Tag Archives | pesticides

Pesticide Stewardship Partnership

The Clackamas Basin Pesticide Stewardship Partnership

The Clackamas River provides drinking water for 300,000 people, recreation for thousands, and safe harbor for endangered fish to spawn, rear and migrate. The Clackamas Basin Pesticide Stewardship Partnership (Clackamas PSP) is a voluntary, collaborative process to protect the river and its tributaries. Local and state organizations offer water quality monitoring, resources and training for landowners and managers to enable more efficient and effective pesticide use that reduces drift and runoff.

Clackamas river, photo courtesy Clackamas River Basin Council

Clackamas River,
photo courtesy Clackamas River Basin Council

Pesticides of Concern

Since 2000, water monitoring has detected pesticides in Clackamas River tributaries that exceed benchmarks to protect fish and invertebrates. Since 2005, Oregon Department of Environmental Quality has monitored four sites on tributaries to the lower Clackamas River for pesticides:

  • Noyer Creek
  • North Fork Deep Creek (two locations)
  • Rock Creek
  • Sieben Creek

Pesticide active ingredients and common trade names of pesticides found in the Clackamas Basin at high levels or frequencies of concern include:

  • simazine: Princep
  • chlorpyrifos: Yuma and Lorsban Advanced
  • bifenthrin: Capture 2EC, Brigade 2EC, Brigade WSB, Wisdom
  • diuron: Karmex, Direx
  • oxyfluorfen: Goal 2XL, Goal Tender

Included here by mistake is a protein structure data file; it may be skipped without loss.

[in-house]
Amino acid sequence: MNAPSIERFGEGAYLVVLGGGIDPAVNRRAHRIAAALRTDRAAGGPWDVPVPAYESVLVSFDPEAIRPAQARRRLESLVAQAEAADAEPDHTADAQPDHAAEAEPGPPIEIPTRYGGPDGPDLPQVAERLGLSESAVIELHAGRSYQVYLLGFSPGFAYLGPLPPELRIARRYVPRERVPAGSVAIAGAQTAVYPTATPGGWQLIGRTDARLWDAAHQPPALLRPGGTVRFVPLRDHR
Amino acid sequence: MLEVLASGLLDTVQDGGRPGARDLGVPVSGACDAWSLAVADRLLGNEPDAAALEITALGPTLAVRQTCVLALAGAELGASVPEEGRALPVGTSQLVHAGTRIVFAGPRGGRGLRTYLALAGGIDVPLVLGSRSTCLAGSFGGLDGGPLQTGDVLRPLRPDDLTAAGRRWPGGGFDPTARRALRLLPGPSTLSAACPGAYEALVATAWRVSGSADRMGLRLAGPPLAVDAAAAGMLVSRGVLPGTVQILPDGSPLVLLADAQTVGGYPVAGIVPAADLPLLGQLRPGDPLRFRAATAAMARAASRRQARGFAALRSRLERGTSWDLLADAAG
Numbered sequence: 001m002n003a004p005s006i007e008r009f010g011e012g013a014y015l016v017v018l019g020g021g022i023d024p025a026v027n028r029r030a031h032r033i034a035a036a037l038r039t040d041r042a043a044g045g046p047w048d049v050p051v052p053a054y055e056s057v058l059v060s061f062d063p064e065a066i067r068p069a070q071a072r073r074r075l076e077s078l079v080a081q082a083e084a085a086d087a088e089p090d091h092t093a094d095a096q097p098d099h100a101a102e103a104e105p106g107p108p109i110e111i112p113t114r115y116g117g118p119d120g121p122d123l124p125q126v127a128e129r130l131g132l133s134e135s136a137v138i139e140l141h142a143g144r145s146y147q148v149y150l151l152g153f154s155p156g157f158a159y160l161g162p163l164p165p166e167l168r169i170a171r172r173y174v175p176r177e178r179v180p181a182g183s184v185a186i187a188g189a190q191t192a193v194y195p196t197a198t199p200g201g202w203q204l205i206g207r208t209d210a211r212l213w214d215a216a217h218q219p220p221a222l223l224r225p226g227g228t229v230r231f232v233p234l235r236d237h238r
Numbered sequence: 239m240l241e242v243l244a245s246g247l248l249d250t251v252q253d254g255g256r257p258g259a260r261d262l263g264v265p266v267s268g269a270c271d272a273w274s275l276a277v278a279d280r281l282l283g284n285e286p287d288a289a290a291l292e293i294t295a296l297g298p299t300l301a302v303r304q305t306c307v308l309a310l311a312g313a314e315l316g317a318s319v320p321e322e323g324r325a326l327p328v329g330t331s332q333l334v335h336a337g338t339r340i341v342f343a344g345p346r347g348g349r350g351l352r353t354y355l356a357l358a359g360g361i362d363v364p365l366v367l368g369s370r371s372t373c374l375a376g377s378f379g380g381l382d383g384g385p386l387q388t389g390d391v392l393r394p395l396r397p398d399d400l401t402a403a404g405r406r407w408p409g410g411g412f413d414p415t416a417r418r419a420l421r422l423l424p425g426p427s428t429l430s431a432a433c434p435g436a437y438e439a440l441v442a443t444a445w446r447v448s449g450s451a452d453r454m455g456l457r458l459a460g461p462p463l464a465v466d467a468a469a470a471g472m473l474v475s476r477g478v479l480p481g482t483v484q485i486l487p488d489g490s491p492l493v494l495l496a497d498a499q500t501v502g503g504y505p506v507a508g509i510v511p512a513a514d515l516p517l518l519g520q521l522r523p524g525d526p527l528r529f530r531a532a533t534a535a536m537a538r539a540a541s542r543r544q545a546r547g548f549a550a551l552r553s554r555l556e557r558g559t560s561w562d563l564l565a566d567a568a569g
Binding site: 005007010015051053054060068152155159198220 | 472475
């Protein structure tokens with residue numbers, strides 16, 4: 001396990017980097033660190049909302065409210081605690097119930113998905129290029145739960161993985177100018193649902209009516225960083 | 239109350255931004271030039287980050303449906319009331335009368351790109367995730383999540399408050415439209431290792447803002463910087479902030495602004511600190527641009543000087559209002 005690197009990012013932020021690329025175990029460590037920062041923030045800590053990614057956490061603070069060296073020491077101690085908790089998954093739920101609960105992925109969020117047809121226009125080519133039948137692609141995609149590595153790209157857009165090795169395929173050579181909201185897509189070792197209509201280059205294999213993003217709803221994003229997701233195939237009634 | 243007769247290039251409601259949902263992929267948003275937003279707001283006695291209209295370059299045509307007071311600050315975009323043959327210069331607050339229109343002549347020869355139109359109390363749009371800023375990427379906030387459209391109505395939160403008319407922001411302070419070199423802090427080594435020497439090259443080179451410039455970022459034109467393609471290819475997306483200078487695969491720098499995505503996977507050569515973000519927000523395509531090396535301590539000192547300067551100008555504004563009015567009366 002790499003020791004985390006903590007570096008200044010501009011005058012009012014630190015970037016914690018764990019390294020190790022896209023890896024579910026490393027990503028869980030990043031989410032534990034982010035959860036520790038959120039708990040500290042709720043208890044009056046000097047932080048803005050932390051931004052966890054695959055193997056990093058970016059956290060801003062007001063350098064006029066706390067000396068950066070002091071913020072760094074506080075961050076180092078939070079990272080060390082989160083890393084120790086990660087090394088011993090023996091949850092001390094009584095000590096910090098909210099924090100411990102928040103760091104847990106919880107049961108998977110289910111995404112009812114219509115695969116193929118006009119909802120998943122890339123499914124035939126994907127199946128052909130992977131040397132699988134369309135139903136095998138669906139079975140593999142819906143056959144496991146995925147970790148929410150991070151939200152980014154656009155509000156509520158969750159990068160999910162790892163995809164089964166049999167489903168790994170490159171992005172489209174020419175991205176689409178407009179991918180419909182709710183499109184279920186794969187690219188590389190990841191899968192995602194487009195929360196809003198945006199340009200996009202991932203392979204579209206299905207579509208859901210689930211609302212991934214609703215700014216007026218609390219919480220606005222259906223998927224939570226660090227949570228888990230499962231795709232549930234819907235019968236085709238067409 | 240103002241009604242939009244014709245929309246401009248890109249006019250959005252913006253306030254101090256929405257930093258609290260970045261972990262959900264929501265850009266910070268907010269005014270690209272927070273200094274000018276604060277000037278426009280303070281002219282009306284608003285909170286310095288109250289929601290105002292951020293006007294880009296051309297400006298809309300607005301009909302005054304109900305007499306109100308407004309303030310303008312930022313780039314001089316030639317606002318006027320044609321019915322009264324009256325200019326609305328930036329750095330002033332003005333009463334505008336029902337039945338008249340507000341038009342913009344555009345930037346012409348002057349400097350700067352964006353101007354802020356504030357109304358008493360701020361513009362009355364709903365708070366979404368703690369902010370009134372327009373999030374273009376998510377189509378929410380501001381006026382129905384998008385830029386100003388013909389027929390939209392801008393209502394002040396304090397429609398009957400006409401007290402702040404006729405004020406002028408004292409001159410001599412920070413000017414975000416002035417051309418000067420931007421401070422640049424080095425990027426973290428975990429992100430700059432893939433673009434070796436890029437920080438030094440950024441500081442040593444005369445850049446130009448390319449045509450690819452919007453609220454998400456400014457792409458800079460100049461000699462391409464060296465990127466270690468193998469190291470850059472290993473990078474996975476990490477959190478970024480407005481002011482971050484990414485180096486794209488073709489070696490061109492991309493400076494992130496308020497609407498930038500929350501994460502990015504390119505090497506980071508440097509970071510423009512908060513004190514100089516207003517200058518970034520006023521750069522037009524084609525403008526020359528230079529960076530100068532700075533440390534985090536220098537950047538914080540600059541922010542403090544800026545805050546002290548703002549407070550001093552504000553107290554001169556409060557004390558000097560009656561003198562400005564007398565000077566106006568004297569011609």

• chlorothaloni: Bravo Weather Stik, Chloronil 720
  • dichlobenil: Casoron
Clackamas PSP Monitoring Fact Sheet Feb 2015
Clackamas PSP Monitoring Fact Sheet Feb 2015
Clackamas PSP Monitoring Fact Sheet_ Feb 2015 Revision_1-29-15.pdf
680.0 KB
48 Downloads
Details...

Voluntary Steps in a PSP

  1. Monitor water quality to identify pesticides of concern (approaching or above unsafe levels, or found at high frequencies).
  2. Share and explain water quality monitoring results with those who are interested in protecting the quality of local streams and rivers.
  3. Engage pesticide users and technical assistance providers to identify and implement voluntary solutions to reduce pesticide drift, runoff, and waste.
  4. Use long-term water quality monitoring to measure success in reducing pesticides of concern and evaluate the effectiveness of strategies.
Sprayer calibration and smart sprayer technology dramatically reduces off-target pesticide loss. Photo by Jason Faucera

Sprayer calibration and smart sprayer technology dramatically reduces off-target pesticide loss.
Photo by Jason Faucera

Why Pesticide Stewardship Partnerships?

For Oregon

Healthy drinking water. Clean rivers. Native salmon. Abundant wildlife. Safe fish to eat.

For business

More efficient operations. Money saved through waste reduction. Reduced risk of regulation, environmental clean-ups, and negative health effects. Community-based knowledge, not “one-size-fits-all” fixes.

For best practice pest management

Integrated pest management principles ensure efficient, appropriate use of pesticides. Preventing pests, using pesticides only when necessary, and using the least pest control chemicals to be effective help prevent off-target movement of pesticides where they are not useful and can be harmful.